Choosing the best sourdough starter container-Want to find a jar for sourdough starter? Not just any container will work! There are certain things that a good starter jar for a home baker should have.
You’ve done it! You’ve made your own sourdough starter and baked beautiful loaves, cookies, brownies, and pretzels made with sourdough.
Now is the time to get better at making sourdough. Let’s talk about the best jar for sourdough starter.
Just like with any other baking tool or ingredient, a good starter container has certain qualities.
This guide to sourdough starter jars is all about getting better.
Why Does It Matter What Is Inside?
I’ll tell you a secret: the perfect sourdough starter jars is much more important to you than the starter.
Your happy colony of wild yeast and bacteria will do its thing in almost any container you put it in. Think of an Amish Friendship Bread starter. You can use a canning jar, a plastic deli container, or even just a Ziploc baggie.
But those of us who are serious about sourdough want something different for our starter. And I’ve found that the right container can make all the difference when I’m making sourdough.
I only care about how something works.
The first thing to think about is how big it is. Each baker keeps a different amount of starter on hand, so this is up to them. Some of you might choose the small starter with less waste, while others might bake a lot and keep a larger amount of starter on hand.
You’ll have to base your decision on the size of your starter.
At the very least, a sourdough starter should grow three times bigger. That’s the rule I follow, since each time I feed my starter, it grows by more than half.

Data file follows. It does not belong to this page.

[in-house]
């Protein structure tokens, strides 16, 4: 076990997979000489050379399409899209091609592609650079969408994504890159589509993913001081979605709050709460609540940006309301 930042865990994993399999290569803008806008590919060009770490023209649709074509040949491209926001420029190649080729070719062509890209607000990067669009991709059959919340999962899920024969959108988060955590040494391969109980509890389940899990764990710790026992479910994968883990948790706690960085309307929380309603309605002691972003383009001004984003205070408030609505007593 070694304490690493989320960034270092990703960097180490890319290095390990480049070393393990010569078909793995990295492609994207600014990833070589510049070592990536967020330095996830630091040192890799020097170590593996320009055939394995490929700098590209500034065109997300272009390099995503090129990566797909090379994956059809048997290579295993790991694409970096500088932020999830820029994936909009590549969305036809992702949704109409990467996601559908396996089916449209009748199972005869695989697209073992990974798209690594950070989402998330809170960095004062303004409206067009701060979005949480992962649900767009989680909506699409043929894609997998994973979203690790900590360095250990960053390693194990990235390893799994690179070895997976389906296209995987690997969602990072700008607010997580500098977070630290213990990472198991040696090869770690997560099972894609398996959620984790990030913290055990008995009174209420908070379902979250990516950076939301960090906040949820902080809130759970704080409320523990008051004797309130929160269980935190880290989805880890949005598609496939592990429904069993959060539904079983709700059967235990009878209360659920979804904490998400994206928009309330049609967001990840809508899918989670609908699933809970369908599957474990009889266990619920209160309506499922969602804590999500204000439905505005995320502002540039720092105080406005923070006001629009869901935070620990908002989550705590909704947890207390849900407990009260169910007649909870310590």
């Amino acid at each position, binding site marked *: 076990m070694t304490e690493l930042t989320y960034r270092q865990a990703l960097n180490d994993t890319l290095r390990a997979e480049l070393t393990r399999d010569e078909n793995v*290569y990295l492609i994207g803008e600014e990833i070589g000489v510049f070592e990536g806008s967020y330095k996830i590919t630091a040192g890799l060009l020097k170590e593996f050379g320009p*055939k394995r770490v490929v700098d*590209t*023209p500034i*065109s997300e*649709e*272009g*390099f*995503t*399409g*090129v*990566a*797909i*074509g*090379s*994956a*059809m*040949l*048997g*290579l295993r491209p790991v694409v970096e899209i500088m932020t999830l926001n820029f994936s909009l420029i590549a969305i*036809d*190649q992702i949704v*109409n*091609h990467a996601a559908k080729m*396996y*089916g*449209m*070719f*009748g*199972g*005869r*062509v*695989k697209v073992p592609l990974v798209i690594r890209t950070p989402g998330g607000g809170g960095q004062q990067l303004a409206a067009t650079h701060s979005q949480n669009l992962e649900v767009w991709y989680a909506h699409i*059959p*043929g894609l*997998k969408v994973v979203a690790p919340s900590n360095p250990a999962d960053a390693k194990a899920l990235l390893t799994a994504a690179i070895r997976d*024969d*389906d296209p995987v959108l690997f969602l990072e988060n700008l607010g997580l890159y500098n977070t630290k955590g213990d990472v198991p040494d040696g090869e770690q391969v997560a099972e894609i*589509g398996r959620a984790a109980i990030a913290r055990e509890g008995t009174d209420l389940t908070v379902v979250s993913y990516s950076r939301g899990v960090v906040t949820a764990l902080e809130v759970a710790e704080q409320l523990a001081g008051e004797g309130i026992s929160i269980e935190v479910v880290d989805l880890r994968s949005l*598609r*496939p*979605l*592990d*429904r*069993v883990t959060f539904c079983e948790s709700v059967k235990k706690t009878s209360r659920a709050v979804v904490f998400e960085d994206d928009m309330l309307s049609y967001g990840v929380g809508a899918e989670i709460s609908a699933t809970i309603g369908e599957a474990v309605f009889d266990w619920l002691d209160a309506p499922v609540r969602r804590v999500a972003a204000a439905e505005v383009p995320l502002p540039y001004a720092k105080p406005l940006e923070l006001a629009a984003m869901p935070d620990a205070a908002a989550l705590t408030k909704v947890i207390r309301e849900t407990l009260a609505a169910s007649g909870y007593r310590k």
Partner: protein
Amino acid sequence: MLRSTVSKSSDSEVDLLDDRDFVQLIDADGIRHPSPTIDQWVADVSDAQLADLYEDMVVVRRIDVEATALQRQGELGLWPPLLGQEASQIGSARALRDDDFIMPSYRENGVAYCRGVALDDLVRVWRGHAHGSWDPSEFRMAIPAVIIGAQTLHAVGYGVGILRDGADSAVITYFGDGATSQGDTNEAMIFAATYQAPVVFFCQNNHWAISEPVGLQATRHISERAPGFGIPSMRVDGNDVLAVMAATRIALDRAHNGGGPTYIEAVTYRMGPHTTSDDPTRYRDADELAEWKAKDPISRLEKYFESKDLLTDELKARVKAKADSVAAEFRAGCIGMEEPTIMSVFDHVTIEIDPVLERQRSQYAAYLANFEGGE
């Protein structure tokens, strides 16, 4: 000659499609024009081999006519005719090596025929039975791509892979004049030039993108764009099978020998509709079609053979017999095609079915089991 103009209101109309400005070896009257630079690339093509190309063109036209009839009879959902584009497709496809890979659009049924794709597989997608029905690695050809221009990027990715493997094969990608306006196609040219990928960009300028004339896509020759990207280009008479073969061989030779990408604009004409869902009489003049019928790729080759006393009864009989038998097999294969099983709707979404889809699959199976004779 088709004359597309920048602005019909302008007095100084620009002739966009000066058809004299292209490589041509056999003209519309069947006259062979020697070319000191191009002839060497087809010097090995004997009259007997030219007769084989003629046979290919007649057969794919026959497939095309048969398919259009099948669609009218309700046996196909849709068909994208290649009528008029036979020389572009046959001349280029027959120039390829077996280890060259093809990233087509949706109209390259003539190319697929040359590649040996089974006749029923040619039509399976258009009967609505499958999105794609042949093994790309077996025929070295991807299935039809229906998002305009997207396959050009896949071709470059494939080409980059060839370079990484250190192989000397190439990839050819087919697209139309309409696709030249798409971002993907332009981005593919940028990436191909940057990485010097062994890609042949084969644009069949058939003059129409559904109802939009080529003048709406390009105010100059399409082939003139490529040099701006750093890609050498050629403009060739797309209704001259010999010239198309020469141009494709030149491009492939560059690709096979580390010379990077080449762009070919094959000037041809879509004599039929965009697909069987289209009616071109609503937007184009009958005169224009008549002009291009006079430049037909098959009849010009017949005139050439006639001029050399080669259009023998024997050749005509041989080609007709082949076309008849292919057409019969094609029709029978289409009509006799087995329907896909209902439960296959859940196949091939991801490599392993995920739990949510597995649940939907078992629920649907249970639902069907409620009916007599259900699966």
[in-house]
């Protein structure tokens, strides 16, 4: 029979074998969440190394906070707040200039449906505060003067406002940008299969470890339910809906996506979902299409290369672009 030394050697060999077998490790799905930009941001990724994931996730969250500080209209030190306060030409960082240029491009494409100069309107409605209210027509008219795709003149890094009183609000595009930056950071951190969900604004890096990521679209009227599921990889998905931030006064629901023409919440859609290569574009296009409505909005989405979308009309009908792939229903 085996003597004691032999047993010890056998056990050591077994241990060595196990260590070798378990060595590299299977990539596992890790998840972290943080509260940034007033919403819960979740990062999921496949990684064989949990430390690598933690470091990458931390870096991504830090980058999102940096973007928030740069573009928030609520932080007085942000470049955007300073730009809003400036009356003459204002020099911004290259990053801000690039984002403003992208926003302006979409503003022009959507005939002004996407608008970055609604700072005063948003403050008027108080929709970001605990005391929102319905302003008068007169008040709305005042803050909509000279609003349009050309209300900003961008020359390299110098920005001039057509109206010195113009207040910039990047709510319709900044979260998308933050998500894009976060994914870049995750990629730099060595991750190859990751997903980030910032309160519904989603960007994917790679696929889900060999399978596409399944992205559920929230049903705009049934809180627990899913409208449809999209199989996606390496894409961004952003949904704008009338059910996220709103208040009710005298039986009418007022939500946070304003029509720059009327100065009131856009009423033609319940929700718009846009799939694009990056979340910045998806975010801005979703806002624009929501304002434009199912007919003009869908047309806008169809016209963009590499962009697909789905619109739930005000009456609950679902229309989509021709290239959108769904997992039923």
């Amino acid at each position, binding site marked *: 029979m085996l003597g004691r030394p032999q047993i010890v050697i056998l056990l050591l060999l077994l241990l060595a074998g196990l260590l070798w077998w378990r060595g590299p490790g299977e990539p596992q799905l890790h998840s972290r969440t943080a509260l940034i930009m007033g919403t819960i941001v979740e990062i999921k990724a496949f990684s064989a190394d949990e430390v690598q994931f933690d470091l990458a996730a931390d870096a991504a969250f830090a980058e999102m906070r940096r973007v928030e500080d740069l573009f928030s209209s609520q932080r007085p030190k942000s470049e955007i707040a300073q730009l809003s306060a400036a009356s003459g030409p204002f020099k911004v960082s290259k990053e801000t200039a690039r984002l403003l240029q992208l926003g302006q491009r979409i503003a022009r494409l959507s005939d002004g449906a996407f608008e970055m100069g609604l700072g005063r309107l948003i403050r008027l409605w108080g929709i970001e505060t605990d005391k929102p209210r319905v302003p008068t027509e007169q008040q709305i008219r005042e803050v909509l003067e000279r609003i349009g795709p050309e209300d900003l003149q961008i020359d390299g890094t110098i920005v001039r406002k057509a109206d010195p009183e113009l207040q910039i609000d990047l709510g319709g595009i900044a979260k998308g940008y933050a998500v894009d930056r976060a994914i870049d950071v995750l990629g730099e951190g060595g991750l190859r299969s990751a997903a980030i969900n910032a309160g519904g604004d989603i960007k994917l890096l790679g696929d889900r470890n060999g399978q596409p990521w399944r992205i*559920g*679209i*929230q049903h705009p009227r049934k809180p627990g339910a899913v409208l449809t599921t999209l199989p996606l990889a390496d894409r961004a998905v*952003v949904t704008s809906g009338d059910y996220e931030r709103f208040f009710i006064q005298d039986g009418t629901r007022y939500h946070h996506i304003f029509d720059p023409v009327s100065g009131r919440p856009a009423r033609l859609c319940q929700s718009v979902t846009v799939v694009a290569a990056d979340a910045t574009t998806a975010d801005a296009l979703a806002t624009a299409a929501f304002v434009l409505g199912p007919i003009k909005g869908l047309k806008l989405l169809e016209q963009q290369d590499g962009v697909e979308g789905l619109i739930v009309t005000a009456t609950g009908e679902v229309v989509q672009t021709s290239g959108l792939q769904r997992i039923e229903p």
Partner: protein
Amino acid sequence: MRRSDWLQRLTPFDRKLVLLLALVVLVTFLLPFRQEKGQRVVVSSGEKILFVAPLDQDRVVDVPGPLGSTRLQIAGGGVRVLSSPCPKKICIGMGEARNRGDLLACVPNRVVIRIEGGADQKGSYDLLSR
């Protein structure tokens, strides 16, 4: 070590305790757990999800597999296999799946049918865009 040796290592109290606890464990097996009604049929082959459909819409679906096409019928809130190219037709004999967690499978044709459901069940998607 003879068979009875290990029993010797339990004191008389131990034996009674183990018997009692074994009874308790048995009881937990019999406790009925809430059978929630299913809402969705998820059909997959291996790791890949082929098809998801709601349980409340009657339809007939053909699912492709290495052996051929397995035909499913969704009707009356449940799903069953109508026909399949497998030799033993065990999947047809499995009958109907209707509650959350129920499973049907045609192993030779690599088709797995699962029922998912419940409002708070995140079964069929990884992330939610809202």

You don’t want a container that will spill and make a mess on your counter or in your refrigerator. But you don’t want one that is so big that it’s hard to move and store.
I always take out and feed 50g of starter, and I’ve found that containers with a capacity of 16 oz (2 cups) work well for that amount.
When choosing a jar for your sourdough starter, you should also think about how clear it is and how long it will last.
You’ll want to be able to watch your starter ferment, so you’ll need a clear container. When fermenting anything, it’s important to be able to see what’s happening.
You can tell how the starter is growing by how many and how big the bubbles are on the side of the jar. You can also see slide marks and hooch on a hungry starter when the glass is clear. If the container was not clear, this wouldn’t be possible.
You also don’t want one that is easy to break or can’t go in the dishwasher. I don’t know about you, but I don’t want to wash yet another thing by hand!
Containers for sourdough starter can be made of either glass or plastic. They are clear, last a long time, and can go in the dishwasher. So, even though ceramic sourdough crocks are beautiful, I don’t think they are as useful as glass or plastic ones.
Let’s talk about shape now that we’re getting into the details of starter containers.